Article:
Many farmers markets program vouchers not redeemed
As farmers markets begin opening this week, the neediest of state residents aren't always getting their fair share of the local, healthy bounty, according to state records.
Only 53 percent of the women in the state Women, Infants and Children (WIC) program who accepted $20 worth of the state vouchers in 2013 actually used them to buy locally grown fresh vegetables at participating farm markets, according to the Pennsylvania Department of Agriculture.
Conversely, about 87 percent of low-income senior citizens, who were offered the vouchers through senior centers, redeemed their $20 vouchers at local farm markets.
The state can't satisfy the demand for the supplemental food vouchers from low-income seniors, according to Jay Howes, deputy secretary of the state Agriculture Department. About 300,000 low-income seniors and 160,000 WIC-eligible families redeem the vouchers at farm markets throughout the state.
“The seniors look forward to it,” he said. “It's a popular program, and it's a program that works.”
The Westmoreland County Area Agency on Aging starts getting phone calls from seniors wanting the vouchers as early as January, according to its administrator, Ray DuCoeur.
The county usually receives about 6,000 sets of vouchers, which it distributes to its 13 senior centers.
Many of the seniors grew up with vegetable gardens and they know the value of farmers markets, DuCoeur said.
“Who doesn't like fresh vegetables?” he asked.
However, demand slacks at senior centers that aren't close to farm markets registered with the state to accept the vouchers, he said.
There are about 187 farm markets and more than 800 farm stands registered with the Farmers Market Nutrition programs statewide.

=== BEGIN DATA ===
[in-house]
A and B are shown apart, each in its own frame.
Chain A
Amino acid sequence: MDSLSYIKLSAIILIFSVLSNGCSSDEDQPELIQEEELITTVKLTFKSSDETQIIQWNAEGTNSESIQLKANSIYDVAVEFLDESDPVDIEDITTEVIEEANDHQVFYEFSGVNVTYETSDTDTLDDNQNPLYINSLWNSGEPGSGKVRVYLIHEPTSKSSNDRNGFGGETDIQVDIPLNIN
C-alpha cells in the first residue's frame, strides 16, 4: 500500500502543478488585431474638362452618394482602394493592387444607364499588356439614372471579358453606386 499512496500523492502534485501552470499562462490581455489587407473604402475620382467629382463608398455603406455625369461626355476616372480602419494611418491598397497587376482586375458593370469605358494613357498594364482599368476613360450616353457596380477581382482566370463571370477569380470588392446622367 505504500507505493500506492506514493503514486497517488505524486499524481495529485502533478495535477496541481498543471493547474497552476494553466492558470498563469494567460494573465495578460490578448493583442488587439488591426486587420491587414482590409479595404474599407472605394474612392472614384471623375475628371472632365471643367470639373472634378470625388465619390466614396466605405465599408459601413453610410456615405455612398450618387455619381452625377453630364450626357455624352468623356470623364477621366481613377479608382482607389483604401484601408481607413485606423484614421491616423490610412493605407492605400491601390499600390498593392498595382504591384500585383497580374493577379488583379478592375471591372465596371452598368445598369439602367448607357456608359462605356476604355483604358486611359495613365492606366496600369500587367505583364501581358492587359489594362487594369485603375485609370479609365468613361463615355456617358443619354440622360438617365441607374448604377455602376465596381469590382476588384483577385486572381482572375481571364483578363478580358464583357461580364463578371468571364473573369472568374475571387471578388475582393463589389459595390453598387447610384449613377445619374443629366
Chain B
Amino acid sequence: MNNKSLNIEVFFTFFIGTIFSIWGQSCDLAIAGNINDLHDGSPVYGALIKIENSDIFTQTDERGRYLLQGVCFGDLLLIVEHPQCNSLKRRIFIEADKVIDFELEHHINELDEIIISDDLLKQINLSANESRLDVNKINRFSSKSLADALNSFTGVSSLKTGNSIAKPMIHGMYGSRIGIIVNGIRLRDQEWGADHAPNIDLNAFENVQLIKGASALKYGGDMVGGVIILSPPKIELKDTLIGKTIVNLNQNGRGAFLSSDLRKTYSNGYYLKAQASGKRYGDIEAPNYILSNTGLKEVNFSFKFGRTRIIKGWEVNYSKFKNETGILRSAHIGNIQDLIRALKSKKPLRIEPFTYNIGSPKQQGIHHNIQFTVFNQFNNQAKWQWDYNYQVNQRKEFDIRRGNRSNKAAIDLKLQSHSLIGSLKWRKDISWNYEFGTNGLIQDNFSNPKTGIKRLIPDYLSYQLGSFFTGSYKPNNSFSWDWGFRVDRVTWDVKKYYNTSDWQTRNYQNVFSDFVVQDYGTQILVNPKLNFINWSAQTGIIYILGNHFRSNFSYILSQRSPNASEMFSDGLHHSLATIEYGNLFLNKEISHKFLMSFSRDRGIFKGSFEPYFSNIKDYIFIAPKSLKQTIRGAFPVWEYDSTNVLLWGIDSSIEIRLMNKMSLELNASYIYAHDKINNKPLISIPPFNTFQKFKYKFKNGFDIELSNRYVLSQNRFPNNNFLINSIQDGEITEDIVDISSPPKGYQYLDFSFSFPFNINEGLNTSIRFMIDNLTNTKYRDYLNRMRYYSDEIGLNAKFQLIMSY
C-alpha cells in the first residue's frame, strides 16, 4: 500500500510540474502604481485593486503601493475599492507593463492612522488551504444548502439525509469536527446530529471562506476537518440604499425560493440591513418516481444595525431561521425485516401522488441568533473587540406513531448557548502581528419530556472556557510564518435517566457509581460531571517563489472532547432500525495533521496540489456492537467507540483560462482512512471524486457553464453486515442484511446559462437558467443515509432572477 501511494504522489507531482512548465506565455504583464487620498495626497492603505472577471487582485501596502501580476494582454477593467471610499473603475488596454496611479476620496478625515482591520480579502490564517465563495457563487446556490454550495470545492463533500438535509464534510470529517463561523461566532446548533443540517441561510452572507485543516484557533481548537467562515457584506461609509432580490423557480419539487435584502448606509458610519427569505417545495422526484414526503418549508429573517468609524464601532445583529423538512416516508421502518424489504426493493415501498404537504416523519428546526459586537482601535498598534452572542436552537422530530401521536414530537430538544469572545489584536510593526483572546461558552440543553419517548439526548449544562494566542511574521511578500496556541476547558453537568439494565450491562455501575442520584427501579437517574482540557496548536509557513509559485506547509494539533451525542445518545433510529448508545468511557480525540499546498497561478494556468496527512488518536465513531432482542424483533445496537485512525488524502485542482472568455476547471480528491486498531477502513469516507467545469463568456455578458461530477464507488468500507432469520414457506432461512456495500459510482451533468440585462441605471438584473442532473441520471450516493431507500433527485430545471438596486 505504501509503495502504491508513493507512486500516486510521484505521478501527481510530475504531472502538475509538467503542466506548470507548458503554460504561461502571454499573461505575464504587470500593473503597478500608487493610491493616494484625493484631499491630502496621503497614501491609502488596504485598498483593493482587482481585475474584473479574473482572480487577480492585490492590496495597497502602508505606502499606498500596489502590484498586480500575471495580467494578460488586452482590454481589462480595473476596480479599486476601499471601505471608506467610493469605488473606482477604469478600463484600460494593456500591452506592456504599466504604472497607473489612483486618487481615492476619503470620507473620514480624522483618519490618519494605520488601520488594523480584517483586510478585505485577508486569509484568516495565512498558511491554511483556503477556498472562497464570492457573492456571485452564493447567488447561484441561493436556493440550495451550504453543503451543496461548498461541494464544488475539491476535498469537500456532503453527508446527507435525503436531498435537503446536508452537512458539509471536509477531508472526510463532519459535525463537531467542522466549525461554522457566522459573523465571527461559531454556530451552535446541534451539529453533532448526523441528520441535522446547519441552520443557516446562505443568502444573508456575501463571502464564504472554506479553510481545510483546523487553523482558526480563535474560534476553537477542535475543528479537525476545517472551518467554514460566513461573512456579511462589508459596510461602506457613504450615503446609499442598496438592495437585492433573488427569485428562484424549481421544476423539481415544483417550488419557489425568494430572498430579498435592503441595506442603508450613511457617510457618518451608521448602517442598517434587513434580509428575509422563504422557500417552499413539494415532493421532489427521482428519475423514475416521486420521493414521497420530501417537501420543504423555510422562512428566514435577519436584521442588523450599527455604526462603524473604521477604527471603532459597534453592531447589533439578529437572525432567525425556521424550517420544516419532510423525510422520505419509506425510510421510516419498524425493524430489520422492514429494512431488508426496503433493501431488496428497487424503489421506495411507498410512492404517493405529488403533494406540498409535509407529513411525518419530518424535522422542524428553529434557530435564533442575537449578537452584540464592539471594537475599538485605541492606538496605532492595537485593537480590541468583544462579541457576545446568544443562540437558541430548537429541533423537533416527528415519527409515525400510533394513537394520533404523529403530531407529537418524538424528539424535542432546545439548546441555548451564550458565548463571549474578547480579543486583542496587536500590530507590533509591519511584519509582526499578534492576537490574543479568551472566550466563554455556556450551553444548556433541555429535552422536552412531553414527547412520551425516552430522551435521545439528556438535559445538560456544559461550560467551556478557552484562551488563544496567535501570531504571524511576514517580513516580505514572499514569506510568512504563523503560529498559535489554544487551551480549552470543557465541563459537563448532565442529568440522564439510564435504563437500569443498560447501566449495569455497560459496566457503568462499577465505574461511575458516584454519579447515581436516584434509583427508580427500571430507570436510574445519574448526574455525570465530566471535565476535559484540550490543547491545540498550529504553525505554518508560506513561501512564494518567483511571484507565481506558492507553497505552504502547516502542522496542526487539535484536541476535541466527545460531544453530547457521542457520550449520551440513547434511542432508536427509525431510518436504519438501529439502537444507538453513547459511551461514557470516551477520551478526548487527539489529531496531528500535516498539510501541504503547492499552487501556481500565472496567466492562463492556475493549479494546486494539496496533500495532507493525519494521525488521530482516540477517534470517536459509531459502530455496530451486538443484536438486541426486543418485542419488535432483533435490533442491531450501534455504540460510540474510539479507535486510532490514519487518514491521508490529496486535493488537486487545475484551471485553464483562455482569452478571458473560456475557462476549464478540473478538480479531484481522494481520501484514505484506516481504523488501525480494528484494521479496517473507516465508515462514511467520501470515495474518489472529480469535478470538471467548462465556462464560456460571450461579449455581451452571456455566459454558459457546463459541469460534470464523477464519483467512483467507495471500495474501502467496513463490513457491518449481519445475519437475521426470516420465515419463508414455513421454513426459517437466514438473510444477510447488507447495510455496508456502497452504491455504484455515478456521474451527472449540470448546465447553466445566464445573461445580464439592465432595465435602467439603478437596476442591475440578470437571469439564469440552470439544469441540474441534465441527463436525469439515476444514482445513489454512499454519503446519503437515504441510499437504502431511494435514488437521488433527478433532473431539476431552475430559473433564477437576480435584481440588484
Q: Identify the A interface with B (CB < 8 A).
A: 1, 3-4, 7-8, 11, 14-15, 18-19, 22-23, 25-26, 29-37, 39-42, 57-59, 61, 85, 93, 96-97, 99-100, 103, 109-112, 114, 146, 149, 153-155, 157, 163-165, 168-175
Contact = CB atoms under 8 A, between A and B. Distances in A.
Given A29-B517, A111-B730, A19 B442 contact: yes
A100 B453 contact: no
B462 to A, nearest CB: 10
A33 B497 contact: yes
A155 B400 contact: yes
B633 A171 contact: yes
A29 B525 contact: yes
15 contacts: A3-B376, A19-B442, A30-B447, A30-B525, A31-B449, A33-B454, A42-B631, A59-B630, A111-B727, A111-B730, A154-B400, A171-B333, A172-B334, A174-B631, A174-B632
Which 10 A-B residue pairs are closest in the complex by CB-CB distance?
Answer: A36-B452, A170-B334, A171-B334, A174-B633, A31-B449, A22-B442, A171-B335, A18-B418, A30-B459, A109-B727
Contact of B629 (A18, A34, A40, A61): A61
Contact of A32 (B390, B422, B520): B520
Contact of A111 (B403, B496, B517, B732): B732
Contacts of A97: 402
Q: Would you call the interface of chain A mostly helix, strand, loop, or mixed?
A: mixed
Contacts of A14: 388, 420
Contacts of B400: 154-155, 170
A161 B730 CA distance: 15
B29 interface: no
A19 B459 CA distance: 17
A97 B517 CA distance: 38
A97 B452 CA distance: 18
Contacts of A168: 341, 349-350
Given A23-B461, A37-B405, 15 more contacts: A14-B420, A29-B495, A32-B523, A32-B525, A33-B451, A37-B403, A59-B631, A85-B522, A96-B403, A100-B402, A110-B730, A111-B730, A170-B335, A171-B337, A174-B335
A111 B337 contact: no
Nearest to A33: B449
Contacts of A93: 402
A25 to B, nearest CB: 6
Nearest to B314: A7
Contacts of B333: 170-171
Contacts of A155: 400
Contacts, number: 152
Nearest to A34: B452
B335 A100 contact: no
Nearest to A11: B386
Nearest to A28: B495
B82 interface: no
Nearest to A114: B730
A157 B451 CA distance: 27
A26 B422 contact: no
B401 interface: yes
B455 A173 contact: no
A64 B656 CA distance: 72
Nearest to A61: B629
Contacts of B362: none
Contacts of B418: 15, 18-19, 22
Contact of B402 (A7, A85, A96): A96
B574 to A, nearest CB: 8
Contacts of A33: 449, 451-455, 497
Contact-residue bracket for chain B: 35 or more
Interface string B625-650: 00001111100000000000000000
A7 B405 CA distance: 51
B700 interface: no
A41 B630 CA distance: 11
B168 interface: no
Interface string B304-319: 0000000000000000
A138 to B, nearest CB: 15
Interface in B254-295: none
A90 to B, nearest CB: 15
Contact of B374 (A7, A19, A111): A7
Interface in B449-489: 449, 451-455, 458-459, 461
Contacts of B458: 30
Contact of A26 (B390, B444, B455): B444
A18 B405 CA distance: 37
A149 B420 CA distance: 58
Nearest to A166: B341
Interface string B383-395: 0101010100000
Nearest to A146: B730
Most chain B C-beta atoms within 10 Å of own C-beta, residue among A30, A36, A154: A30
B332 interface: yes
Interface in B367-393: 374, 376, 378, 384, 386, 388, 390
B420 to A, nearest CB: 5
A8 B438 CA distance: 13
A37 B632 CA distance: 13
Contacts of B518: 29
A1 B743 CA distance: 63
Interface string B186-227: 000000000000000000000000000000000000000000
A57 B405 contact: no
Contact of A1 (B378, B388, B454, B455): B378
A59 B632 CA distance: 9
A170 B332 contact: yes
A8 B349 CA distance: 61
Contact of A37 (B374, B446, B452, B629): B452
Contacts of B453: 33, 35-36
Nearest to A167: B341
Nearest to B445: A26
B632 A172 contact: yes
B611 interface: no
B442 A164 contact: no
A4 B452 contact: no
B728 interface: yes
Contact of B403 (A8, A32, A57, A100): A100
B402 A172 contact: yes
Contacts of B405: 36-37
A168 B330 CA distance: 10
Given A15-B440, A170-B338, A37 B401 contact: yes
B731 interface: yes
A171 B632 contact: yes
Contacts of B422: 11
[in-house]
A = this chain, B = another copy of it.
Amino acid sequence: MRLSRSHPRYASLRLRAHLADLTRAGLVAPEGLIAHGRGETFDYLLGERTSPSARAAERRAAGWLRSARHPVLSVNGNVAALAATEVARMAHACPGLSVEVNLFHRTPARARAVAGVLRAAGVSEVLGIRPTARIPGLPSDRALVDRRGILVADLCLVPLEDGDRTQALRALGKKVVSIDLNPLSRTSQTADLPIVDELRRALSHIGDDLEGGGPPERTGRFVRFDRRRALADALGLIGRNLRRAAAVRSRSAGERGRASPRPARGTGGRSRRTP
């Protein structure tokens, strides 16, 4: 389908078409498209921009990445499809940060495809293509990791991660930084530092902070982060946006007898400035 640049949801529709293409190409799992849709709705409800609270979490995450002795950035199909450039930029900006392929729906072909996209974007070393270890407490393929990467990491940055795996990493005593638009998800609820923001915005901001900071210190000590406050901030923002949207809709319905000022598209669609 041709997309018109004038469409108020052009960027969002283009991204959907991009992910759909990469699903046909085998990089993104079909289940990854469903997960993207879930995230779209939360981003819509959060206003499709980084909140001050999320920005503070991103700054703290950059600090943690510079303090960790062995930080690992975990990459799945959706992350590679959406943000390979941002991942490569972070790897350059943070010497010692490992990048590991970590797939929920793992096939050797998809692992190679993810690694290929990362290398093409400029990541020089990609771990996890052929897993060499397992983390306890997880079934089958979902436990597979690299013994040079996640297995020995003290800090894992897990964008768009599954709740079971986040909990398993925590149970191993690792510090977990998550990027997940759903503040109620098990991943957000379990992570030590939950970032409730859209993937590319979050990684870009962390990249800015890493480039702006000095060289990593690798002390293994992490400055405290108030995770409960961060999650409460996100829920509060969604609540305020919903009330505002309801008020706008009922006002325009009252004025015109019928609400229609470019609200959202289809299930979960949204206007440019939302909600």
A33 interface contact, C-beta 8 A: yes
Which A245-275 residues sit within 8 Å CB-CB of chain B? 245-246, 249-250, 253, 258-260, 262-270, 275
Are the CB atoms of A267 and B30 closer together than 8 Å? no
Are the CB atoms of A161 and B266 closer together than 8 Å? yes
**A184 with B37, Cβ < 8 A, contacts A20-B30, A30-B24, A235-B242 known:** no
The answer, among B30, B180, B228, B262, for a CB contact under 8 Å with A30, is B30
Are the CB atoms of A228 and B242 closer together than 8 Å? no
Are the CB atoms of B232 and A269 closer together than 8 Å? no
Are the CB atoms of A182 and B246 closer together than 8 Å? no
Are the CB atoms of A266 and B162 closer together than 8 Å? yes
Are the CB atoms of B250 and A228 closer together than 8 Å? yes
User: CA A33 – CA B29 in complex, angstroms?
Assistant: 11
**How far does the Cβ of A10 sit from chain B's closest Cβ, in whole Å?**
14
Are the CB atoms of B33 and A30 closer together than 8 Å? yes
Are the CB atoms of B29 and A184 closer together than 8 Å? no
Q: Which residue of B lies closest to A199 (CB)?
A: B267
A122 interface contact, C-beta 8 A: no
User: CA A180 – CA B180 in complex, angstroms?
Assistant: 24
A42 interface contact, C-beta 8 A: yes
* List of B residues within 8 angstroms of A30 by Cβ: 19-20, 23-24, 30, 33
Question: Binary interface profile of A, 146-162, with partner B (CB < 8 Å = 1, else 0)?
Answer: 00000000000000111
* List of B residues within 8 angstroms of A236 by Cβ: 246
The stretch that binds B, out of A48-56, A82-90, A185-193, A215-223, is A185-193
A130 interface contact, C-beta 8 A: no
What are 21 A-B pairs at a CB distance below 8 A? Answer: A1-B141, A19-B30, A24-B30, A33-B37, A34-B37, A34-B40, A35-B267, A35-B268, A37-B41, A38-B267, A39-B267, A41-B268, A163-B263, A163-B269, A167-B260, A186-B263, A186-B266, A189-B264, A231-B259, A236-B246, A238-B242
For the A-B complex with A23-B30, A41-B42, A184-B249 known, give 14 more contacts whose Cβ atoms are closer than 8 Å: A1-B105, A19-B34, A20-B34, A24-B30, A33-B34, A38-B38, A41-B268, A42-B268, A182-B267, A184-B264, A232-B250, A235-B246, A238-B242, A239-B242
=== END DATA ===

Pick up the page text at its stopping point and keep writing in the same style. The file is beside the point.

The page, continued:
Location of farm markets seems to be an issue with low-income families and those on WIC generally.
“There's a sizable demand from the seniors, but WIC is a tougher situation,” Howes said.
While the Pennsylvania Department of Health encourages its local agency staff to promote the use of the vouchers to WIC participants, there are challenges, according to Wes Culp, Health Department deputy press secretary.
“We have identified some barriers to participation which include transportation and the availability of farmers and farmers markets in local communities,” he said.
Limited hours, nutritional education
Young poor people can be tricky to serve because of access to a farm market with limited hours and their lack of nutritional education, according to Karen Snair, executive director of the Allegheny Valley Association of Churches in Harrison.
The association provides free fresh vegetables to 450 to 500 low-income families a month in its Produce for People program, working with the Greater Pittsburgh Community Food Bank.
“I had one woman tell me she could buy a bag of potato chips and make it last for two days,” Snair said. “She was someone on food stamps. She was not pencil thin.”
It's expensive to eat healthy, she said, and low-income people are looking to stretch their dollars.
Young people don't always know what kale is and how to cook it, said Snair.
“It comes down to education,” she said.
“It is a different generation,” Snair said. “A lot of kids eat dinner out of a microwave. That family meal time isn't as popular as it once was.”
Another organization, Just Harvest, a Pittsburgh nonprofit that tackles hunger and poverty issues, launched its Fresh Access program last year.
The program allows residents with food stamps to get tokens at select farm markets in Pittsburgh to buy fresh vegetables there.
“We're making it possible for everyone to shop at the farmers markets and are also putting more money into the farmers' pockets,” said Emily Schmidlapp, fresh access coordinator for Just Harvest.
The organization serves as the middle man — accepting residents' state-issued Access cards at the farm market and converting those into tokens that the farmers can accept and redeem in a week or so.
“It seems crazy when people on food stamps are not shopping where the freshest, healthiest food is,” she said. “We want to break down those barriers.”
There are substantial barriers, Schmidlapp said.
“I think time is an issue,” she said. “There are many low-income people who are working low-income jobs, taking care of kids. And going to a farmers market that is open four hours a week isn't an option.”
Mary Ann Thomas is a staff writer for Trib Total Media.
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